2. Pingback: Patrick Holford, GL Diet and Satiety Plus the Misrepresentation of Some Research: Same Old, Same Old « Holford Watch: Patrick Holford, nutritionism and bad science

  3. GW

    I had heard about Patrick Holford, and was doing some googling to find out if his nutrition principles were sound, safe and reasonable. That was when I found your site.
    “Tremendous”, I thought, “an entire website dedicated to trashing this one guy. If there’s any dirt here, they’ll find it for sure!”
    This “Holfordisms” section seems to be a list of all his transgressions. I enjoyed reading it.

    I want to thank all of you for taking the time off from your work and family lives in order to create and maintain this site.

    I also want to thank you for convincing me that Holford is the real deal, and that his science and ideas can be relied upon to promote better health. I am assured of this conclusion by the fact that you have dedicated your lives to debunking him, as represented in this site, and if this is truly the best of the worst that you can find, then there is clearly very little to shout about.

    Thank you for your contribution, and for your tireless efforts to promote Patrick Holford by showing the public that his worst mistakes are really no big deal. I for one appreciate this, and I want to reassure you that you have not wasted your lives in this pursuit.

    • You do indeed demonstrate the level of appreciation for standards of evidence and science that we associate with fans of Holford…

      We can only assume that you, as a tax-payer, are eager for the day when erroneous advice and unevidenced hair-analysis tests, IgG food ‘allergy’ tests and such are available on the NHS along with recommendations for unsubstantiated supplements.

  4. GW

    Assuredly you have got me wrong – I was no fan of Holford (neither for nor against). However after I spent some time on this site, I was willing to give his principles greater credence.

    To dispense with the irony for a moment, I do believe it bears mentioning that there are lots of people out there giving health advice to the public who should have no business doing so. Many of these people are both praised and debunked in the popular and medical press. However, much of what is said about Holford on this site is trivial compared to what people say about others. For example, the criticism of the Atkins diet (by scientists and public) is ongoing and resounding. There are many such examples.

    People who get known and noticed are bound to attract debunkers and advocates alike. People who delve into cutting-edge areas of research are bound to make some mistakes. The criticism levelled at Holford on this site pales into insignificance when compared with the bulk of negative material surrounding many of his peers. Given that fact, and the fact that this site is so thorough and well-researched, it is plain that Holford’s principles stand up stronger against scrutiny, where others fall down.

    If nothing else, he attracts a better class of debunker :-)

    • You use ‘cutting-edge of research’ in a discussion of Holford – we don’t seem to have got you wrong at all. It is unlikely that Professor Summerbell (inter alia) appreciated the still-standing accusation of lacking integrity because Holford is unable to understand the research that he purports to interpret for his readers. Again, the scale and nature of the mistakes seem irrelevant to you so your closing borders on the nonsensical.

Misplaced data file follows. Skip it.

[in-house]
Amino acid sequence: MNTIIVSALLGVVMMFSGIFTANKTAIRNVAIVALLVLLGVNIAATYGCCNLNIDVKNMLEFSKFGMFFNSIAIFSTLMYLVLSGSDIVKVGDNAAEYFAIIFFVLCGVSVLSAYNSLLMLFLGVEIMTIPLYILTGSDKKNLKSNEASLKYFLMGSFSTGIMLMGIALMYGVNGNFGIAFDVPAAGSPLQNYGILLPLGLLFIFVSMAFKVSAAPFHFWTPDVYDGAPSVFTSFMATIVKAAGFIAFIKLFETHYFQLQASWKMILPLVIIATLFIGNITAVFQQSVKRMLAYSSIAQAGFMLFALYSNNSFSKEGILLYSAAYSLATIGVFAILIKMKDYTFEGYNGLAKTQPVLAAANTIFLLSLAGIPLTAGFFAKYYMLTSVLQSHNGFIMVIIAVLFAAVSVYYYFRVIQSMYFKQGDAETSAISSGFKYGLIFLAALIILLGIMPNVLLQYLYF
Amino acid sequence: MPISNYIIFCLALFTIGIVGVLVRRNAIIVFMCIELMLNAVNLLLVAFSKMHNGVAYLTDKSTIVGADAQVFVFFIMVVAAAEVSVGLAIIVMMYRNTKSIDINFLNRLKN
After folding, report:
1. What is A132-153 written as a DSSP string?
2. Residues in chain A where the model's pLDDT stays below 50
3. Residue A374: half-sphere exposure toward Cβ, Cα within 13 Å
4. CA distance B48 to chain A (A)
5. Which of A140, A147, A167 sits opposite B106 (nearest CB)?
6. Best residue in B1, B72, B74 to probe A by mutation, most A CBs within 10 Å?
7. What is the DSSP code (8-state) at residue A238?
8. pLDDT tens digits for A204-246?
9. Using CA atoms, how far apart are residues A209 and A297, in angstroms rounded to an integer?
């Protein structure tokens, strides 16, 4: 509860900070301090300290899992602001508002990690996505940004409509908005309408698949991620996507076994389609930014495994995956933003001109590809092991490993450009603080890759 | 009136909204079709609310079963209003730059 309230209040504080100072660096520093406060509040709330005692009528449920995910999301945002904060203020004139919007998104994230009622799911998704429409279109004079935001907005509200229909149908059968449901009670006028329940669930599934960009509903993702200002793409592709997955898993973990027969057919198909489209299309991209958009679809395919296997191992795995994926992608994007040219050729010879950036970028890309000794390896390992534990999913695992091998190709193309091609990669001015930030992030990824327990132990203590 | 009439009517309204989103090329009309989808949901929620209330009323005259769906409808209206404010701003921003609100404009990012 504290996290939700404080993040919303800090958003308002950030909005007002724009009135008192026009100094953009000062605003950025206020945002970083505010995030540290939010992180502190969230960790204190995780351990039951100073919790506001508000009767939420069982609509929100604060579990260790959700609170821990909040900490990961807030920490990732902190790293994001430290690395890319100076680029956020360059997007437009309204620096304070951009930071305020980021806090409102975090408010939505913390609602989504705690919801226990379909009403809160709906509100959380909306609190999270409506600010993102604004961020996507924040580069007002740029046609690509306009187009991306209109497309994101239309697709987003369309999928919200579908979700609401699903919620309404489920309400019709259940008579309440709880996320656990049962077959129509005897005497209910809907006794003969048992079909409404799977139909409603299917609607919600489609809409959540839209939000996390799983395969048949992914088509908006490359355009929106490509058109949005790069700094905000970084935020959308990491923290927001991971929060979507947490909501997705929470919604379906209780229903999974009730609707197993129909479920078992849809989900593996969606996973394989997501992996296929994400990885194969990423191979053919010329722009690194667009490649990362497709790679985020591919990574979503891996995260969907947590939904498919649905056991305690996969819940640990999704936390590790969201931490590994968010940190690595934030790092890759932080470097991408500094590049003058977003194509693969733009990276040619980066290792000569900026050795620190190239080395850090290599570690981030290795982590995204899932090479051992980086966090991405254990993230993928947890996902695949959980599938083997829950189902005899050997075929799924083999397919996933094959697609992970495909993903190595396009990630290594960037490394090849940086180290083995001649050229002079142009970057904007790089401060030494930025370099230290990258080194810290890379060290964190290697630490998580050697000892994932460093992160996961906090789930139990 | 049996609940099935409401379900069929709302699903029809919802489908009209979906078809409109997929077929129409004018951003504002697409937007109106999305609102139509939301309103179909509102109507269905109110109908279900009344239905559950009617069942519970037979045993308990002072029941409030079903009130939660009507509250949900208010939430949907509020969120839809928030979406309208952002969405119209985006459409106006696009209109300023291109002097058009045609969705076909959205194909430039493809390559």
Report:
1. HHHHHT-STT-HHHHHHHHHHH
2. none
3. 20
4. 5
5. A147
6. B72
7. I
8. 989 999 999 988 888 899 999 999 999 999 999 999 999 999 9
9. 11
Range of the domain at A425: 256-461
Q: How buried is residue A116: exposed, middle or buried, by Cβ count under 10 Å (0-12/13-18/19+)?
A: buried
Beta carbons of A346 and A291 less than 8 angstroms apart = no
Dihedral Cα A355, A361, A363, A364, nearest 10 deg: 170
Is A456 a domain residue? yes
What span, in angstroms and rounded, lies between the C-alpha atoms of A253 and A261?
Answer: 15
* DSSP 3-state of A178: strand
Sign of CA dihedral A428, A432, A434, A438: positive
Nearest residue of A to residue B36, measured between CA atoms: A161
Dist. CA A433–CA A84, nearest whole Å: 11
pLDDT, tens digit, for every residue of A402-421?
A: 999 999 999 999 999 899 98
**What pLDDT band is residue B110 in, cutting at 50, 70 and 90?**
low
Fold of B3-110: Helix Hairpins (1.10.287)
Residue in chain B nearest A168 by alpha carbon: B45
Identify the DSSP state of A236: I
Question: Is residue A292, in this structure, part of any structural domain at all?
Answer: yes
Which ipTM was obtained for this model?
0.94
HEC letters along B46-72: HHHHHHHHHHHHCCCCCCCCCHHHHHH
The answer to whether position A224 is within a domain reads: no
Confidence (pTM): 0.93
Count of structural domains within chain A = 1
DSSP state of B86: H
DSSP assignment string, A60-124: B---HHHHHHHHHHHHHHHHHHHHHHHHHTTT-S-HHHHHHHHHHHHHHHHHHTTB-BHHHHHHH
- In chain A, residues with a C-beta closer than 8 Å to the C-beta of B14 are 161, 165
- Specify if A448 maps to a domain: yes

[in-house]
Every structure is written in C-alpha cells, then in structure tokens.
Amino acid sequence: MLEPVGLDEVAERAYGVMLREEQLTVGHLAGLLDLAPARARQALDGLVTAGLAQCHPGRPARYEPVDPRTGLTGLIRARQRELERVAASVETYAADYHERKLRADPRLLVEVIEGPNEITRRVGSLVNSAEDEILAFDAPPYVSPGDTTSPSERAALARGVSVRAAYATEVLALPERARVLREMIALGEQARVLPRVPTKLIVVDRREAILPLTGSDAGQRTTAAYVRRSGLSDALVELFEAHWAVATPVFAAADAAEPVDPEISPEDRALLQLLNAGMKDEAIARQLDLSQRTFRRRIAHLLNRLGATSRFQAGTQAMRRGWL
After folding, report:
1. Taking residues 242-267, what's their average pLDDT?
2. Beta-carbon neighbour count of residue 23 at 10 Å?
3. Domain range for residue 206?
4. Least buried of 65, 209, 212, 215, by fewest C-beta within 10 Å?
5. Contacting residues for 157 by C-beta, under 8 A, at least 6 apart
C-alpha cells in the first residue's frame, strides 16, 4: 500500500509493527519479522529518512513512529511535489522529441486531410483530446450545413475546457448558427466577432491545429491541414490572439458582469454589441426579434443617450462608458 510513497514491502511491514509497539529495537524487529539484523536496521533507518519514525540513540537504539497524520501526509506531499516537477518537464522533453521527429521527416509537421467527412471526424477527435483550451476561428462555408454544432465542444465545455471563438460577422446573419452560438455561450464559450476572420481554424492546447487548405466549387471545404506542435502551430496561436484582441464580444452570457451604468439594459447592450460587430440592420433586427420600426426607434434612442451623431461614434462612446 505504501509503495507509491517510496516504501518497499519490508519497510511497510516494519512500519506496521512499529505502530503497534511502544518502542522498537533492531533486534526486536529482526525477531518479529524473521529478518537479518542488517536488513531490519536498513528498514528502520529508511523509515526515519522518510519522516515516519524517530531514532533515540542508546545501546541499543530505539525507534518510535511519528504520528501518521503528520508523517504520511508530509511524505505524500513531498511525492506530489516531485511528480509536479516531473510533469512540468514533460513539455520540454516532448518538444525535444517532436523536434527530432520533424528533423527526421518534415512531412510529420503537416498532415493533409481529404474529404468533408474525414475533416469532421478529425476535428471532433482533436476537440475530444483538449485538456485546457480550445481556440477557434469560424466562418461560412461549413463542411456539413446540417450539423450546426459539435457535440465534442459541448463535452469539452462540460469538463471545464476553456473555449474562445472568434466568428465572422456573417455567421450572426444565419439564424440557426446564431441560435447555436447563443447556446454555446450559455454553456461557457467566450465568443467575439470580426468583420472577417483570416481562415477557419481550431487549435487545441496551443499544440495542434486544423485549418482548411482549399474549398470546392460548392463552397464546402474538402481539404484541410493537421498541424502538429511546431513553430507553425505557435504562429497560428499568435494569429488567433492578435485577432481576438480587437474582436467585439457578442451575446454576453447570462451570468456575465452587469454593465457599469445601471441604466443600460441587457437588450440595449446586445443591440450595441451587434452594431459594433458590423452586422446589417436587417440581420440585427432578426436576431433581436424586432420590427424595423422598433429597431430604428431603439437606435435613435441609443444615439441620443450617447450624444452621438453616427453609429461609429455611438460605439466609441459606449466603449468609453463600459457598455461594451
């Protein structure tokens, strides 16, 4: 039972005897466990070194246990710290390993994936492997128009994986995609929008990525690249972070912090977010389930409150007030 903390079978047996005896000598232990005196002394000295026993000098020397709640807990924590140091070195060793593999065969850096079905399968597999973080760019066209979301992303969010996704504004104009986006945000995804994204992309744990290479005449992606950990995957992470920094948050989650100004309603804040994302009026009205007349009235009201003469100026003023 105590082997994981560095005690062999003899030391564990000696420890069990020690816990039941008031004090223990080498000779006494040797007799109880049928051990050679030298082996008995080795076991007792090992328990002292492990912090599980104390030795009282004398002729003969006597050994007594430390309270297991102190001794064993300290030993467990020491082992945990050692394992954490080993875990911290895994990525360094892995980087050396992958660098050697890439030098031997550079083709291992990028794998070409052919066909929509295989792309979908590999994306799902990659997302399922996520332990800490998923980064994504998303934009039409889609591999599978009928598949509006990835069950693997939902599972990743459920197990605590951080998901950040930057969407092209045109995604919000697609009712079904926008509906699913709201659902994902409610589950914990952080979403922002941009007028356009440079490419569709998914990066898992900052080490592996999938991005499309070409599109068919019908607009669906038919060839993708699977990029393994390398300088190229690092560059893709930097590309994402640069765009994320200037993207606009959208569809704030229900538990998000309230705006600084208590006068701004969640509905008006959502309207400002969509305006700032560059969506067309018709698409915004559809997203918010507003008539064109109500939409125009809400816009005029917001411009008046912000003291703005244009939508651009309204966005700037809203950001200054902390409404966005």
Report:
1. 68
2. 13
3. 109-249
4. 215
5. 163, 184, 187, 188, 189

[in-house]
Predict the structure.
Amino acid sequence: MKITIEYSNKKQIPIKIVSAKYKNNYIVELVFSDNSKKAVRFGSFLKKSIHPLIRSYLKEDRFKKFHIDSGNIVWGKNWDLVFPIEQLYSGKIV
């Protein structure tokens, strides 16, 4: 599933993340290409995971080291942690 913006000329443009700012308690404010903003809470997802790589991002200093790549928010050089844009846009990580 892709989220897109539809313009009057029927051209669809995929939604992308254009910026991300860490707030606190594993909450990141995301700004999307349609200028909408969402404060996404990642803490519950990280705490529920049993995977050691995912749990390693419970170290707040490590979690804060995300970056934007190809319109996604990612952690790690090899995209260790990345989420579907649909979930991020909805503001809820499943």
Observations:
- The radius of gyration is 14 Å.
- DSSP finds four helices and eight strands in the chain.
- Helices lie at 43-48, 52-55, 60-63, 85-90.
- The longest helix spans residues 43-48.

You have, of course, omitted to comment on whether you deem it appropriate for his inappropriate advice and testing to be introduced into UK schools (as per the FFTB projects) and the NHS (via his IONistas).

      If you have any more comments of a similar nature to make, unless they specifically address a Holfordism, then put them in the Off-Topic section (see comment policy).

  5. Atro

    I have never come across Patrick Holford before, but then i dont tend to waste my time on quacks.

    However, i have just received an email at work advertising some free seminars that my employeer have no doubt paid Mr Holford handsomely to give.

    Needless to say after the discription given in the email about what the seminar will be about, my alarm bells starting ringing. A few seconds later a quick google search brought me to this site and my suspicions were confirmed.

    Needless to say i will be forwarding a link to this website to the people organising these seminars, although i have no doubt it will not have much luck in getting them cancelled.

    • This is getting to be ridiculous. I wonder if the seminars will mention Holford’s support for:
      *vitamin C as a better intervention for Aids than AZT
      *tin-foil conspiracies and regular accusations concerning the integrity of leading researchers
      *Andrew Wakefield despite the extensive criticism of his science
      *his unevidenced assertions about treating addiction
      *vitamin C beyond the scope of the evidence
      *statistical nonsense (as per his FFTB report).
      All of this overlooks the opinion of respected nutrition researchers such as Professor Tom Sanders who assess Holford’s scholarship as of a comparable standard to that on show in features in women’s magazines.

  6. inger

    I believe I have Histadelia,
    I’m looking for dietary information.
    how to reduce the over production of histamines in your diet.
    Thank you

  7. Hi there,

    I’ve been reading Holford’s “Food is better than Medicine”. I am sceptical about his push for nutritional supplements (as these represent a kind of medicine after all) plus his $$$ making website was a big turn off. Nevertheless, as a non-medical person, a lot of what he is saying seems to make sense.

    Your website highlights his lack of formal nutritional qualifications, his undisclosed conflict of interest and his poor use of the scientific reports to justify his position.